Think of a Reovirus as a virus that can infect humans, animals and even plants.
However, it also can bind or attach itself to cancer cells, providing a means to infect and destroy the tumor.
The team includes Rafael C. Bernardi, assistant professor, and postdoctoral researchers Diego and Priscila Gomes. They recently published the results of their study in the prestigious journal “Proceedings of the National Academy of Sciences,” titled, “Deciphering molecular mechanisms stabilizing the reovirus-binding complex.”
Veterinary Medicine’s Merner studies genetic cancer risk factors in African American community
A team of researchers in Auburn’s College of Veterinary Medicine is working to identify and study genetic factors associated with hereditary breast cancer in the African American community. According to Nancy Merner, team leader and assistant professor of pathobiology, it is an area where further research has been badly needed.
Nancy Merner, assistant professor of pathobiology, is leading a team of researchers to study genetic cancer risk factors in the African American community.
“African American women have higher breast cancer incidence rates before the age of 40 than other ethnic groups in the United States,” Merner explained. “They are also more likely to be diagnosed with triple-negative breast cancer, a more aggressive subtype with a poor prognosis. These facts, coupled with reports of African American males having higher breast and prostate cancer frequencies than other ethnicities, suggest that hereditary factors are involved.”
Despite the higher incidence of these cancers in the African American community, Merner said there have been an insufficient number of studies to determine the causes. So, she and her research group have sought out families with a history of such cancers while traveling the state, spreading cancer awareness in a pink bus called “the Gene Machine” and — during the pandemic — using online resources.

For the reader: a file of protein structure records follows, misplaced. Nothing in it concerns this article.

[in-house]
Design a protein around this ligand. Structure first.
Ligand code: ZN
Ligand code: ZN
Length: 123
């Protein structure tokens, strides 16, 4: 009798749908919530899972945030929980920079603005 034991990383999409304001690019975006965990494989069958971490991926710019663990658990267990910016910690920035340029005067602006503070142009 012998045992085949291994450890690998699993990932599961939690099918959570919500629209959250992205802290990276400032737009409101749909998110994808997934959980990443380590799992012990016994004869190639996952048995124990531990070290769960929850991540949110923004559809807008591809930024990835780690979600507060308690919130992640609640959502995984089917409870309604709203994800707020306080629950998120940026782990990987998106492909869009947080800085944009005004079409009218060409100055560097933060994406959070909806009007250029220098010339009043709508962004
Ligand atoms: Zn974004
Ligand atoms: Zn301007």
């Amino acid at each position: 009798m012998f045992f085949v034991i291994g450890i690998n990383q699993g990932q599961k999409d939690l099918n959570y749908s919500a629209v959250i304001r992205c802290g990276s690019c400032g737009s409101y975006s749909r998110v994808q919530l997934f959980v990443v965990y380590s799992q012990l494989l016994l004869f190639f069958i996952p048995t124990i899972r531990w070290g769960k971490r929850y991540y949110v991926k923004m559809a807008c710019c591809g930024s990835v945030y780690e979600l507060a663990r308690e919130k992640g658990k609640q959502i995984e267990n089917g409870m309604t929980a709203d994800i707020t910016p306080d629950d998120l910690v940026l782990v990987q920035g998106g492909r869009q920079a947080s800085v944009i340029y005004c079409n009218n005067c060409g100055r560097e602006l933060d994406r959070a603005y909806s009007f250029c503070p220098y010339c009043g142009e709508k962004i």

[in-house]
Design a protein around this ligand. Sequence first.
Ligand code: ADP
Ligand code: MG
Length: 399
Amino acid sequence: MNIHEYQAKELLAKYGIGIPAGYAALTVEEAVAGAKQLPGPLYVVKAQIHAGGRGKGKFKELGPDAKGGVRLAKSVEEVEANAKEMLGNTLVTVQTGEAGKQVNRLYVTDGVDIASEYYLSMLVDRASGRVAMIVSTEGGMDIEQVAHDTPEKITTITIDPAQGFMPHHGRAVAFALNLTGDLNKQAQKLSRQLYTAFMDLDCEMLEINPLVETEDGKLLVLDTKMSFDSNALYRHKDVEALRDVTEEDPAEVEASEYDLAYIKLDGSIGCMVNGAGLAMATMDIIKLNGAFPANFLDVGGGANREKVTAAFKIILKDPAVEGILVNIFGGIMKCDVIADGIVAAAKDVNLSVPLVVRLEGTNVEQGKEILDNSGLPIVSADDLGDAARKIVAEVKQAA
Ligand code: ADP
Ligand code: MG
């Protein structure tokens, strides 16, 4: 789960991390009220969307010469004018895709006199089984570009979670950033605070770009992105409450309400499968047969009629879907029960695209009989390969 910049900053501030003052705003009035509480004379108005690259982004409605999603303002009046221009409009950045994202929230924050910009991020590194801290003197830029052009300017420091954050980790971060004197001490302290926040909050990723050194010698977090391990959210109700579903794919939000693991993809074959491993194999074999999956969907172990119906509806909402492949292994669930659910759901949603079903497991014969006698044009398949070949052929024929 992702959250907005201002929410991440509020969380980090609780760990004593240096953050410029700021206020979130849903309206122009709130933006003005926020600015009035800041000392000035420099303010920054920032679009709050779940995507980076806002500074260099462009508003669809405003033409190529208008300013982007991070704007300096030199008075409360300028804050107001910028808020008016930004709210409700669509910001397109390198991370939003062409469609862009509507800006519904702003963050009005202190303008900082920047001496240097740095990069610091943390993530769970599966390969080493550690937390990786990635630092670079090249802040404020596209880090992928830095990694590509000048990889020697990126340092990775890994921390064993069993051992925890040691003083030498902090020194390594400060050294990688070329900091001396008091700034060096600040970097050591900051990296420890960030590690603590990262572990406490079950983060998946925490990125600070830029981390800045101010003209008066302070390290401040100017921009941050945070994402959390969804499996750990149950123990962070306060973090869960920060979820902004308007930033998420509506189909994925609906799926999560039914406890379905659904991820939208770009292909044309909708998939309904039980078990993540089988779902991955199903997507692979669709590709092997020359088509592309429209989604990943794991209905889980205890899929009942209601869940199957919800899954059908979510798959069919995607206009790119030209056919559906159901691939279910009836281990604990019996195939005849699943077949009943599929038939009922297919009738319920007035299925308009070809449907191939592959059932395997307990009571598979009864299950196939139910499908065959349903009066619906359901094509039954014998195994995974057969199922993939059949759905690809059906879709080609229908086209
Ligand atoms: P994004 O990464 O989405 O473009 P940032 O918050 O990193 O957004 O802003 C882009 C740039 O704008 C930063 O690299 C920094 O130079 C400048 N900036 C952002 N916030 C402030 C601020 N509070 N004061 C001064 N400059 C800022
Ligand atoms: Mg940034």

Merner’s team conducts two similar breast cancer genetic studies, each focused on a different species — humans and canines. Due to the genetic similarities of the two species, when studied in parallel, disease gene discovery efforts that apply to both species are greatly enhanced. Purebred dogs with canine mammary tumors (CMTs) represent very practical models for human breast cancer; however, as is the case with hereditary breast cancer studies in the African American community, the genetics of hereditary CMTs is incredibly understudied.
Aligned with the college’s One Health focus, Merner’s canine model of hereditary breast cancer will provide a better understanding of inherited breast cancer risk in both dogs and humans and, in turn, better understanding of increased disease frequency affecting African Americans.
Veterinary Medicine researcher developing novel immunotherapies to treat canine cancer with potential to improve human cancer therapeutics
Dr. Maninder Sandey’s research focuses on developing novel immunotherapies to treat canine cancer.
Throughout their careers, veterinarians care for many canine cancer patients and witness the devastating effects of this disease. Dr. Maninder Sandey is among these ranks. His experience treating dogs with cancer has turned into a determination to learn more about how cancer works at the molecular level while finding better ways to treat it that could help both dogs and people.
Cancer is one of the most common causes of death in humans and in the geriatric dog population. The mean survival time and overall survival for canine cancer patients are alarmingly low. However, naturally occurring cancers in dogs share many similarities with human cancer.
“By studying how treatments work in canine cancer patients, we can learn valuable information that can benefit both people and dogs,” said Sandey, associate professor of pathology in the College of Veterinary Medicine’s Department of Pathobiology. “Thus, our approach will provide dogs with cutting-edge immune therapies, while ensuring that people have access to treatments that are more likely to succeed.”
After earning his Doctorate in Veterinary Medicine, Sandey decided to pursue a doctorate in biomedical sciences from Auburn. Coupled with his experience caring for canine cancer patients, his doctoral research experience has transformed into a dedication to developing new immunotherapies that could completely change the way cancer is fought in dogs by utilizing proven human cancer treatment methods.
Harrison College of Pharmacy Researchers Seek Answers to Breast Cancer, Treatment with Foundation Support